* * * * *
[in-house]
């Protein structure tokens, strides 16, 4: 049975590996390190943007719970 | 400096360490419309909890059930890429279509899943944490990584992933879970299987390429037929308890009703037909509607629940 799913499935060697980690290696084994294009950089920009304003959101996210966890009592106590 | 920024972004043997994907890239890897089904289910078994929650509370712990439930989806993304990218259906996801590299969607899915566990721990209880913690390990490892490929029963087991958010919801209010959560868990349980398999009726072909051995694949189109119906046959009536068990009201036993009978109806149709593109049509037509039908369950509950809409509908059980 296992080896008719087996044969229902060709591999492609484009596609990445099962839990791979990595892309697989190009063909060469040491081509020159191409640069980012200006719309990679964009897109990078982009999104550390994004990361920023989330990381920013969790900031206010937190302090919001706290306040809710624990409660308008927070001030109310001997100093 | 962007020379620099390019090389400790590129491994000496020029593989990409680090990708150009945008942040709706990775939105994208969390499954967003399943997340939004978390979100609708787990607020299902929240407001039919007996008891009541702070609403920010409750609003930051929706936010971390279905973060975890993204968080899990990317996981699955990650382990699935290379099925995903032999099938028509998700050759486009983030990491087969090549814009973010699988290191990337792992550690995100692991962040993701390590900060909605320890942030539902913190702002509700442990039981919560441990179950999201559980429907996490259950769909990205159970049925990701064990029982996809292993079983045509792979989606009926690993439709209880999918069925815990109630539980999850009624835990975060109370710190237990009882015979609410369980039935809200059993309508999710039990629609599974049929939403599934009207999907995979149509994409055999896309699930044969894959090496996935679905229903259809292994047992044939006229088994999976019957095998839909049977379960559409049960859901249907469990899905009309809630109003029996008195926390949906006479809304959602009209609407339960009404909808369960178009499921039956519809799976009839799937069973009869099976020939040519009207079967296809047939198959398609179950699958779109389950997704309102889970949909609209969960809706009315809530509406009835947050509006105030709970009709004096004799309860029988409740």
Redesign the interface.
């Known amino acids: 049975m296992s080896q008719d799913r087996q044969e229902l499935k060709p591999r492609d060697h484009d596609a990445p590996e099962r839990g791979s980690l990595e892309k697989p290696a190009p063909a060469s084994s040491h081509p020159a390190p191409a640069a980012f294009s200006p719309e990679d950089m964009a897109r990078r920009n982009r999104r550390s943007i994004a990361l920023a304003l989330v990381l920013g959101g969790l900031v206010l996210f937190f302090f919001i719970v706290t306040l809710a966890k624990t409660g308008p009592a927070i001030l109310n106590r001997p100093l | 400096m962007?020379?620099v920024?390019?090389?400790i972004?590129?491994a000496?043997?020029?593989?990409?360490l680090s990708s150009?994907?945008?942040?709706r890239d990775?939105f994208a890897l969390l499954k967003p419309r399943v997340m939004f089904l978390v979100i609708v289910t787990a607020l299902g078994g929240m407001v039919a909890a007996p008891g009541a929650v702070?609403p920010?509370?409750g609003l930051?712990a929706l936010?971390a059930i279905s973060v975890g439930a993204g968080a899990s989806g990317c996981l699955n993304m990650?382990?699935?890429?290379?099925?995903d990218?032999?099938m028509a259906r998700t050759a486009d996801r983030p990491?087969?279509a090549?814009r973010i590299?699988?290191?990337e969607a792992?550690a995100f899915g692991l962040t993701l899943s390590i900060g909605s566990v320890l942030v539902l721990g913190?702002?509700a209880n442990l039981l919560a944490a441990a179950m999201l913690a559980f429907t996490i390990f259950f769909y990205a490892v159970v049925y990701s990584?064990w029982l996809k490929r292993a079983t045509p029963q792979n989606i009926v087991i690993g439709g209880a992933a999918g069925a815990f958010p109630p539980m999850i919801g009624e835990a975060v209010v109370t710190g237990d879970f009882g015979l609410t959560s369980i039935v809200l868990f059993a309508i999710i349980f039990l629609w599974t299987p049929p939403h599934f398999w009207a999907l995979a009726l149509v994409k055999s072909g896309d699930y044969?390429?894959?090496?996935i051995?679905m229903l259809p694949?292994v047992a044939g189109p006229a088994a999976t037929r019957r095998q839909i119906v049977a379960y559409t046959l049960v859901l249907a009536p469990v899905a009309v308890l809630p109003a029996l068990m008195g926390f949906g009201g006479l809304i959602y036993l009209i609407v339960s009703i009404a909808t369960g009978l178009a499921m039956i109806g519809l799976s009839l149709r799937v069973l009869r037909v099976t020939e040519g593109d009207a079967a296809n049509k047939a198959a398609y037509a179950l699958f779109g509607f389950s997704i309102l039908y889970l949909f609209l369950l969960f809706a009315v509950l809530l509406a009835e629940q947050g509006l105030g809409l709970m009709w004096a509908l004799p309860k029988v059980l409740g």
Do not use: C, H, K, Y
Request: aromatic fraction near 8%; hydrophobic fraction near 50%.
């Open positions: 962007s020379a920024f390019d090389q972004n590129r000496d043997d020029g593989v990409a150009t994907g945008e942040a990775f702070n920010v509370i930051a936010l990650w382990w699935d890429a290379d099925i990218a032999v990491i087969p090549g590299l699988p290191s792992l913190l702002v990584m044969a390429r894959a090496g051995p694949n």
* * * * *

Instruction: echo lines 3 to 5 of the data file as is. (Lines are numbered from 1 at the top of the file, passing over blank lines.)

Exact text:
Redesign the interface.
């Known amino acids: 049975m296992s080896q008719d799913r087996q044969e229902l499935k060709p591999r492609d060697h484009d596609a990445p590996e099962r839990g791979s980690l990595e892309k697989p290696a190009p063909a060469s084994s040491h081509p020159a390190p191409a640069a980012f294009s200006p719309e990679d950089m964009a897109r990078r920009n982009r999104r550390s943007i994004a990361l920023a304003l989330v990381l920013g959101g969790l900031v206010l996210f937190f302090f919001i719970v706290t306040l809710a966890k624990t409660g308008p009592a927070i001030l109310n106590r001997p100093l | 400096m962007?020379?620099v920024?390019?090389?400790i972004?590129?491994a000496?043997?020029?593989?990409?360490l680090s990708s150009?994907?945008?942040?709706r890239d990775?939105f994208a890897l969390l499954k967003p419309r399943v997340m939004f089904l978390v979100i609708v289910t787990a607020l299902g078994g929240m407001v039919a909890a007996p008891g009541a929650v702070?609403p920010?509370?409750g609003l930051?712990a929706l936010?971390a059930i279905s973060v975890g439930a993204g968080a899990s989806g990317c996981l699955n993304m990650?382990?699935?890429?290379?099925?995903d990218?032999?099938m028509a259906r998700t050759a486009d996801r983030p990491?087969?279509a090549?814009r973010i590299?699988?290191?990337e969607a792992?550690a995100f899915g692991l962040t993701l899943s390590i900060g909605s566990v320890l942030v539902l721990g913190?702002?509700a209880n442990l039981l919560a944490a441990a179950m999201l913690a559980f429907t996490i390990f259950f769909y990205a490892v159970v049925y990701s990584?064990w029982l996809k490929r292993a079983t045509p029963q792979n989606i009926v087991i690993g439709g209880a992933a999918g069925a815990f958010p109630p539980m999850i919801g009624e835990a975060v209010v109370t710190g237990d879970f009882g015979l609410t959560s369980i039935v809200l868990f059993a309508i999710i349980f039990l629609w599974t299987p049929p939403h599934f398999w009207a999907l995979a009726l149509v994409k055999s072909g896309d699930y044969?390429?894959?090496?996935i051995?679905m229903l259809p694949?292994v047992a044939g189109p006229a088994a999976t037929r019957r095998q839909i119906v049977a379960y559409t046959l049960v859901l249907a009536p469990v899905a009309v308890l809630p109003a029996l068990m008195g926390f949906g009201g006479l809304i959602y036993l009209i609407v339960s009703i009404a909808t369960g009978l178009a499921m039956i109806g519809l799976s009839l149709r799937v069973l009869r037909v099976t020939e040519g593109d009207a079967a296809n049509k047939a198959a398609y037509a179950l699958f779109g509607f389950s997704i309102l039908y889970l949909f609209l369950l969960f809706a009315v509950l809530l509406a009835e629940q947050g509006l105030g809409l709970m009709w004096a509908l004799p309860k029988v059980l409740g």
Do not use: C, H, K, Y